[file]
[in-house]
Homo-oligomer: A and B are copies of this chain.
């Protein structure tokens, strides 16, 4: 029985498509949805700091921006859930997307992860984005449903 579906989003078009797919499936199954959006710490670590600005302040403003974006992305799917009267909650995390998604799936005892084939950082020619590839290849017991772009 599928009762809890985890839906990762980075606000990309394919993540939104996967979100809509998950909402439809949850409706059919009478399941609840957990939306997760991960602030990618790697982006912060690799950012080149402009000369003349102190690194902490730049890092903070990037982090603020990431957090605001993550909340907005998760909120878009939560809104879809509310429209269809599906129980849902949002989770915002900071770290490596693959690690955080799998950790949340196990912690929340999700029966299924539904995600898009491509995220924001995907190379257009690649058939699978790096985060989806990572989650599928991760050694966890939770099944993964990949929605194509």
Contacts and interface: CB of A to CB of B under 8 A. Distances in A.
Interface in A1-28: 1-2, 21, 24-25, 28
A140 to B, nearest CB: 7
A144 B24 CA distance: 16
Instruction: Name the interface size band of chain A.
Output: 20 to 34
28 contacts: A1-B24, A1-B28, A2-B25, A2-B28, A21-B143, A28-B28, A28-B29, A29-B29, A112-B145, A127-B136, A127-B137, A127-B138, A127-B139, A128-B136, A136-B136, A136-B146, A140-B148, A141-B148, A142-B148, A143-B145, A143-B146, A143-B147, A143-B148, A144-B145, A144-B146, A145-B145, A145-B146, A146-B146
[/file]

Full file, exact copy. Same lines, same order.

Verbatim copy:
[in-house]
Homo-oligomer: A and B are copies of this chain.
């Protein structure tokens, strides 16, 4: 029985498509949805700091921006859930997307992860984005449903 579906989003078009797919499936199954959006710490670590600005302040403003974006992305799917009267909650995390998604799936005892084939950082020619590839290849017991772009 599928009762809890985890839906990762980075606000990309394919993540939104996967979100809509998950909402439809949850409706059919009478399941609840957990939306997760991960602030990618790697982006912060690799950012080149402009000369003349102190690194902490730049890092903070990037982090603020990431957090605001993550909340907005998760909120878009939560809104879809509310429209269809599906129980849902949002989770915002900071770290490596693959690690955080799998950790949340196990912690929340999700029966299924539904995600898009491509995220924001995907190379257009690649058939699978790096985060989806990572989650599928991760050694966890939770099944993964990949929605194509």
Contacts and interface: CB of A to CB of B under 8 A. Distances in A.
Interface in A1-28: 1-2, 21, 24-25, 28
A140 to B, nearest CB: 7
A144 B24 CA distance: 16
Instruction: Name the interface size band of chain A.
Output: 20 to 34
28 contacts: A1-B24, A1-B28, A2-B25, A2-B28, A21-B143, A28-B28, A28-B29, A29-B29, A112-B145, A127-B136, A127-B137, A127-B138, A127-B139, A128-B136, A136-B136, A136-B146, A140-B148, A141-B148, A142-B148, A143-B145, A143-B146, A143-B147, A143-B148, A144-B145, A144-B146, A145-B145, A145-B146, A146-B146